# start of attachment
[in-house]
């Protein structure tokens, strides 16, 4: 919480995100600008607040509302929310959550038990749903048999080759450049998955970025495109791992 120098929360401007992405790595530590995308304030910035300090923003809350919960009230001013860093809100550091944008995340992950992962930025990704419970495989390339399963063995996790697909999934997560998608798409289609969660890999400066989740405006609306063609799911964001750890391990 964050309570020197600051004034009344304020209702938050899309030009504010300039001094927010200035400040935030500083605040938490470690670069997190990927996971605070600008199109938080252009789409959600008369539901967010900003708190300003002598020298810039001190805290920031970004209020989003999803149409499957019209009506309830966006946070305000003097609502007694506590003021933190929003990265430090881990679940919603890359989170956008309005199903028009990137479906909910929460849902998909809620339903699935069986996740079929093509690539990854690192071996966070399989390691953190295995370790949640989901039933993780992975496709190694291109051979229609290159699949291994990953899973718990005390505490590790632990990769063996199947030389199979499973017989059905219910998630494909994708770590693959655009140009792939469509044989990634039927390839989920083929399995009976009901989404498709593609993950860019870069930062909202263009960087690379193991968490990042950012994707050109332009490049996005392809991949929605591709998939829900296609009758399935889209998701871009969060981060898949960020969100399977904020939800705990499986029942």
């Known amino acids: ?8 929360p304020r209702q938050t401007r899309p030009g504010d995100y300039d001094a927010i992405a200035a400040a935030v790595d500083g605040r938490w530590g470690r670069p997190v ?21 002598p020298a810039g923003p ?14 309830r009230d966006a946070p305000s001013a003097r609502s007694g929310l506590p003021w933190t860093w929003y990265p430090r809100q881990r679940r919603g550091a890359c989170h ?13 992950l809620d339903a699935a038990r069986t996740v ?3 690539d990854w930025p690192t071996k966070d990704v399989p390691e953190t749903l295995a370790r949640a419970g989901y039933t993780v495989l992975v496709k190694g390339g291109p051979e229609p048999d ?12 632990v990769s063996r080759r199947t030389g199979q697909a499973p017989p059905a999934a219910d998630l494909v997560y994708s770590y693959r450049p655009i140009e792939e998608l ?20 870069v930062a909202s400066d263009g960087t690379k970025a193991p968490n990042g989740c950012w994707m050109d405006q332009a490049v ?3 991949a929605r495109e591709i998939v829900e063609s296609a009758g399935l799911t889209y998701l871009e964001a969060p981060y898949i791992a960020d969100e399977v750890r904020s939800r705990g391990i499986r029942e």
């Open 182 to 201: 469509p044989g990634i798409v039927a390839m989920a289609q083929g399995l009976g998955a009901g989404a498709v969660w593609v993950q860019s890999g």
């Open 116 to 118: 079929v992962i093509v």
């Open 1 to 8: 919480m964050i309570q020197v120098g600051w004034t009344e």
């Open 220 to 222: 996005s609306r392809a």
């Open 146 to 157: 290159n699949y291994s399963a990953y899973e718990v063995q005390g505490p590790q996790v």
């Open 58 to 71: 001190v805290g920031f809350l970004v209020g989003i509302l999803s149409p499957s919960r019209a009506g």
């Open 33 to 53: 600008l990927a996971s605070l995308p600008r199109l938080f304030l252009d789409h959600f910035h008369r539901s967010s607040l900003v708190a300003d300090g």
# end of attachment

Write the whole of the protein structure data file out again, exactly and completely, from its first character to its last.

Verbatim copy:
[in-house]
């Protein structure tokens, strides 16, 4: 919480995100600008607040509302929310959550038990749903048999080759450049998955970025495109791992 120098929360401007992405790595530590995308304030910035300090923003809350919960009230001013860093809100550091944008995340992950992962930025990704419970495989390339399963063995996790697909999934997560998608798409289609969660890999400066989740405006609306063609799911964001750890391990 964050309570020197600051004034009344304020209702938050899309030009504010300039001094927010200035400040935030500083605040938490470690670069997190990927996971605070600008199109938080252009789409959600008369539901967010900003708190300003002598020298810039001190805290920031970004209020989003999803149409499957019209009506309830966006946070305000003097609502007694506590003021933190929003990265430090881990679940919603890359989170956008309005199903028009990137479906909910929460849902998909809620339903699935069986996740079929093509690539990854690192071996966070399989390691953190295995370790949640989901039933993780992975496709190694291109051979229609290159699949291994990953899973718990005390505490590790632990990769063996199947030389199979499973017989059905219910998630494909994708770590693959655009140009792939469509044989990634039927390839989920083929399995009976009901989404498709593609993950860019870069930062909202263009960087690379193991968490990042950012994707050109332009490049996005392809991949929605591709998939829900296609009758399935889209998701871009969060981060898949960020969100399977904020939800705990499986029942």
């Known amino acids: ?8 929360p304020r209702q938050t401007r899309p030009g504010d995100y300039d001094a927010i992405a200035a400040a935030v790595d500083g605040r938490w530590g470690r670069p997190v ?21 002598p020298a810039g923003p ?14 309830r009230d966006a946070p305000s001013a003097r609502s007694g929310l506590p003021w933190t860093w929003y990265p430090r809100q881990r679940r919603g550091a890359c989170h ?13 992950l809620d339903a699935a038990r069986t996740v ?3 690539d990854w930025p690192t071996k966070d990704v399989p390691e953190t749903l295995a370790r949640a419970g989901y039933t993780v495989l992975v496709k190694g390339g291109p051979e229609p048999d ?12 632990v990769s063996r080759r199947t030389g199979q697909a499973p017989p059905a999934a219910d998630l494909v997560y994708s770590y693959r450049p655009i140009e792939e998608l ?20 870069v930062a909202s400066d263009g960087t690379k970025a193991p968490n990042g989740c950012w994707m050109d405006q332009a490049v ?3 991949a929605r495109e591709i998939v829900e063609s296609a009758g399935l799911t889209y998701l871009e964001a969060p981060y898949i791992a960020d969100e399977v750890r904020s939800r705990g391990i499986r029942e």
């Open 182 to 201: 469509p044989g990634i798409v039927a390839m989920a289609q083929g399995l009976g998955a009901g989404a498709v969660w593609v993950q860019s890999g």
């Open 116 to 118: 079929v992962i093509v």
């Open 1 to 8: 919480m964050i309570q020197v120098g600051w004034t009344e």
């Open 220 to 222: 996005s609306r392809a």
């Open 146 to 157: 290159n699949y291994s399963a990953y899973e718990v063995q005390g505490p590790q996790v």
């Open 58 to 71: 001190v805290g920031f809350l970004v209020g989003i509302l999803s149409p499957s919960r019209a009506g």
């Open 33 to 53: 600008l990927a996971s605070l995308p600008r199109l938080f304030l252009d789409h959600f910035h008369r539901s967010s607040l900003v708190a300003d300090g």